Nature loves diversity. A walk through a healthy Central Arizonan riparian (streamside) corridor would reveal a rich forest composed of ash, walnut, boxelder maple, hackberry, three to four different species of willow, three different species of cottonwood, and numerous species of shrubs, graminoids (grasses and grass-like plants), forbs, and aquatic plants. Each of these plants provides unique physical structure and unique resources available to wildlife, allowing wild critters to specialize in their food sources, nesting behavior, and other essential parts of their life cycle.
Should you choose to take this walk along one of the several streams within Prescott, however, you will be presented with a much narrower palette of plants. Although there is a smattering of the native trees and shrubs one would expect, our riparian forests are dominated by Siberian elm. Introduced to the United States in the 1860s, Siberian elm is often planted as a windbreak due to its rapid growth in even the most marginal soils, its hardiness, and its ability to tolerate both severe drought and moderately high moisture. Early each spring, long before native trees are ready to release seeds, every mature Siberian elm drops tens of thousands of half-inch round, winged seeds that collect along gutters and other low-lying nooks. Their ability to reproduce rapidly and their flexible growth requirements allow Siberian elms to colonize disturbed riparian areas and grasslands. These disturbed areas are in the greatest need of robust, diverse habitat, but instead are converted into near-monocultures.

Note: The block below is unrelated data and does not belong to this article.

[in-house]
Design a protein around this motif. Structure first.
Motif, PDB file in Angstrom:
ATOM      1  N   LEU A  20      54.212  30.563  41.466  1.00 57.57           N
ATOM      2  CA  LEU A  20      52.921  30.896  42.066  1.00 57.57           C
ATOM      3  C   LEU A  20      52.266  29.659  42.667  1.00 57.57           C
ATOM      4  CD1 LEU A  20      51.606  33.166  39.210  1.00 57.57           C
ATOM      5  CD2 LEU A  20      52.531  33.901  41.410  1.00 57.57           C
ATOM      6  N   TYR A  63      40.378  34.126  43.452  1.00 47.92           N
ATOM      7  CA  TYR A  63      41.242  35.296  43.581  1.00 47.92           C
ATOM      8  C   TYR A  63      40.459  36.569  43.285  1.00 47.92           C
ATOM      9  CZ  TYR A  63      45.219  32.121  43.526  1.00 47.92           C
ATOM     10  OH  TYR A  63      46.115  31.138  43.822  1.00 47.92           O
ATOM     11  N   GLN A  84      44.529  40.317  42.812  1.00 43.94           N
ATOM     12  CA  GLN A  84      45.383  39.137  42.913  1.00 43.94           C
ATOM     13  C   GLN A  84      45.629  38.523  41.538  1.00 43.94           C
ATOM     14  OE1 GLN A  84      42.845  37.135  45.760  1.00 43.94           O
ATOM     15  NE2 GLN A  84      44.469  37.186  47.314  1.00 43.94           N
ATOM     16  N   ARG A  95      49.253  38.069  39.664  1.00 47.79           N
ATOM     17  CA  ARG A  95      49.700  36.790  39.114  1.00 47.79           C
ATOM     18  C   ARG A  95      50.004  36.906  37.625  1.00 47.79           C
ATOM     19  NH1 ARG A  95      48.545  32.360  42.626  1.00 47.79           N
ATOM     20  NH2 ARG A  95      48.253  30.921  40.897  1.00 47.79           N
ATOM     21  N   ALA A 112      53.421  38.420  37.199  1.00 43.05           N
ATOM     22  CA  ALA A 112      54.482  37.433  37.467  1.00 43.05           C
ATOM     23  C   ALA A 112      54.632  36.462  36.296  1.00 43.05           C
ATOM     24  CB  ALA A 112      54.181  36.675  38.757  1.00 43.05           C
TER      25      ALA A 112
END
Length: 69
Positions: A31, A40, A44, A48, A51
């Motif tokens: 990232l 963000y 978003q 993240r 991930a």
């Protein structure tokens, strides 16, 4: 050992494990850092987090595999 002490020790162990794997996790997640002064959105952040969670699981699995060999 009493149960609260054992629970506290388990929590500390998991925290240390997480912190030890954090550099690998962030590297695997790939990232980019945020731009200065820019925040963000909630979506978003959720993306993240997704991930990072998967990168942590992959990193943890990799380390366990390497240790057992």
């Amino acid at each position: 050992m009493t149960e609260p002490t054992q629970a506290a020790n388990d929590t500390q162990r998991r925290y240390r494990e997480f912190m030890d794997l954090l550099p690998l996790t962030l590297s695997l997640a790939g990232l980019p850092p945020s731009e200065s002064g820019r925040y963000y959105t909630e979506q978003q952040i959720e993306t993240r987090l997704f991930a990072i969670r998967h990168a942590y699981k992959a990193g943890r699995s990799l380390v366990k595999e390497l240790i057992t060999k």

As a part of our mission to achieve healthy watersheds and clean waters, Prescott Creeks invests substantial effort into managing invasive plant species. Our regular bimonthly volunteer events have most recently focused on removing Siberian elm from Watson Woods Riparian Preserve, and we have seen amazing results without using any poisons. In fact, if you have spent time in Watson Woods you may have seen trees that look like they’ve had their bark chewed off by beavers – this is actually a method we have been using to control Siberian elms called girdling. When the inner bark layer, called the cambium, is removed from a tree, it becomes incapable of moving sugars and other nutrients between the leaves and roots. This is a simple, cost-effective way to kill larger trees while leaving a snag, a standing dead tree that can continue to provide habitat while desirable plants have a chance to recover in the area.